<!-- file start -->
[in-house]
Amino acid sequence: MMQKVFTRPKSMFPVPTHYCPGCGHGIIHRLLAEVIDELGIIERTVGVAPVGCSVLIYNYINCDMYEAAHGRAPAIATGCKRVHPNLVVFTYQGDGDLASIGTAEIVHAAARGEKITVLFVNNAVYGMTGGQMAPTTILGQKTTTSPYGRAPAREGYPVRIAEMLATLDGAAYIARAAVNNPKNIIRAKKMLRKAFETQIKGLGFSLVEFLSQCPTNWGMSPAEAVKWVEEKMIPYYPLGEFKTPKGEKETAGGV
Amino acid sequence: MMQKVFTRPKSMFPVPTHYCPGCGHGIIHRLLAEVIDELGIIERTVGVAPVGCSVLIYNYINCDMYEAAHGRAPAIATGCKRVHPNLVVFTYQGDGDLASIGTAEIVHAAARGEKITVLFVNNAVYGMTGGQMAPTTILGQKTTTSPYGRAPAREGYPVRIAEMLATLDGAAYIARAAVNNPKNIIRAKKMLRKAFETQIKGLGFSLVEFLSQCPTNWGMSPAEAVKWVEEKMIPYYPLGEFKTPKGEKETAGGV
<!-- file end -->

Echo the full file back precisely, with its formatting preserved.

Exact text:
[in-house]
Amino acid sequence: MMQKVFTRPKSMFPVPTHYCPGCGHGIIHRLLAEVIDELGIIERTVGVAPVGCSVLIYNYINCDMYEAAHGRAPAIATGCKRVHPNLVVFTYQGDGDLASIGTAEIVHAAARGEKITVLFVNNAVYGMTGGQMAPTTILGQKTTTSPYGRAPAREGYPVRIAEMLATLDGAAYIARAAVNNPKNIIRAKKMLRKAFETQIKGLGFSLVEFLSQCPTNWGMSPAEAVKWVEEKMIPYYPLGEFKTPKGEKETAGGV
Amino acid sequence: MMQKVFTRPKSMFPVPTHYCPGCGHGIIHRLLAEVIDELGIIERTVGVAPVGCSVLIYNYINCDMYEAAHGRAPAIATGCKRVHPNLVVFTYQGDGDLASIGTAEIVHAAARGEKITVLFVNNAVYGMTGGQMAPTTILGQKTTTSPYGRAPAREGYPVRIAEMLATLDGAAYIARAAVNNPKNIIRAKKMLRKAFETQIKGLGFSLVEFLSQCPTNWGMSPAEAVKWVEEKMIPYYPLGEFKTPKGEKETAGGV